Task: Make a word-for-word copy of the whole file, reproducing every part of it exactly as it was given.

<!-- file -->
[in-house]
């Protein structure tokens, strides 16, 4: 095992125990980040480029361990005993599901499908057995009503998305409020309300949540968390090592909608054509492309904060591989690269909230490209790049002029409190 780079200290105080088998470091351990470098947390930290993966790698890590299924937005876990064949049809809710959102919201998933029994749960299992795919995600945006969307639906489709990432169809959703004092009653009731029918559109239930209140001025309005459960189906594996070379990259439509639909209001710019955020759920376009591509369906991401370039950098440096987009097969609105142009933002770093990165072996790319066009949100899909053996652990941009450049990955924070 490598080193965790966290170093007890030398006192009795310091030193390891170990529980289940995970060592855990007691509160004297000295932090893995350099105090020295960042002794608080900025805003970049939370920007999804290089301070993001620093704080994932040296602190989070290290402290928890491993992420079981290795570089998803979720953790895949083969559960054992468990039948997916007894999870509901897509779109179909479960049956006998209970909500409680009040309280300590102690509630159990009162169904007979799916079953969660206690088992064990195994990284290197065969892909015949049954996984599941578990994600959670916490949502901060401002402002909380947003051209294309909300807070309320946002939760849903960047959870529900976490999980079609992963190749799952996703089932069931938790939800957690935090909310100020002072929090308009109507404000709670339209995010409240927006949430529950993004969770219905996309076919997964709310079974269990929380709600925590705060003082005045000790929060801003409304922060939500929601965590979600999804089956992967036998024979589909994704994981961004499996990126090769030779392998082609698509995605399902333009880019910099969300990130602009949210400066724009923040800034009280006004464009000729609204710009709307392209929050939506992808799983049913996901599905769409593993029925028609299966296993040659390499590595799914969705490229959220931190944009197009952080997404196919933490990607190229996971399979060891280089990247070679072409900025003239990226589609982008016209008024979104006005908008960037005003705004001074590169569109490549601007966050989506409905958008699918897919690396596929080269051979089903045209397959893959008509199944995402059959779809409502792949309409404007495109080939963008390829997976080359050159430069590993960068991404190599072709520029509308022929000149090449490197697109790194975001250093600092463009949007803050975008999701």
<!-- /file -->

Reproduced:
[in-house]
């Protein structure tokens, strides 16, 4: 095992125990980040480029361990005993599901499908057995009503998305409020309300949540968390090592909608054509492309904060591989690269909230490209790049002029409190 780079200290105080088998470091351990470098947390930290993966790698890590299924937005876990064949049809809710959102919201998933029994749960299992795919995600945006969307639906489709990432169809959703004092009653009731029918559109239930209140001025309005459960189906594996070379990259439509639909209001710019955020759920376009591509369906991401370039950098440096987009097969609105142009933002770093990165072996790319066009949100899909053996652990941009450049990955924070 490598080193965790966290170093007890030398006192009795310091030193390891170990529980289940995970060592855990007691509160004297000295932090893995350099105090020295960042002794608080900025805003970049939370920007999804290089301070993001620093704080994932040296602190989070290290402290928890491993992420079981290795570089998803979720953790895949083969559960054992468990039948997916007894999870509901897509779109179909479960049956006998209970909500409680009040309280300590102690509630159990009162169904007979799916079953969660206690088992064990195994990284290197065969892909015949049954996984599941578990994600959670916490949502901060401002402002909380947003051209294309909300807070309320946002939760849903960047959870529900976490999980079609992963190749799952996703089932069931938790939800957690935090909310100020002072929090308009109507404000709670339209995010409240927006949430529950993004969770219905996309076919997964709310079974269990929380709600925590705060003082005045000790929060801003409304922060939500929601965590979600999804089956992967036998024979589909994704994981961004499996990126090769030779392998082609698509995605399902333009880019910099969300990130602009949210400066724009923040800034009280006004464009000729609204710009709307392209929050939506992808799983049913996901599905769409593993029925028609299966296993040659390499590595799914969705490229959220931190944009197009952080997404196919933490990607190229996971399979060891280089990247070679072409900025003239990226589609982008016209008024979104006005908008960037005003705004001074590169569109490549601007966050989506409905958008699918897919690396596929080269051979089903045209397959893959008509199944995402059959779809409502792949309409404007495109080939963008390829997976080359050159430069590993960068991404190599072709520029509308022929000149090449490197697109790194975001250093600092463009949007803050975008999701």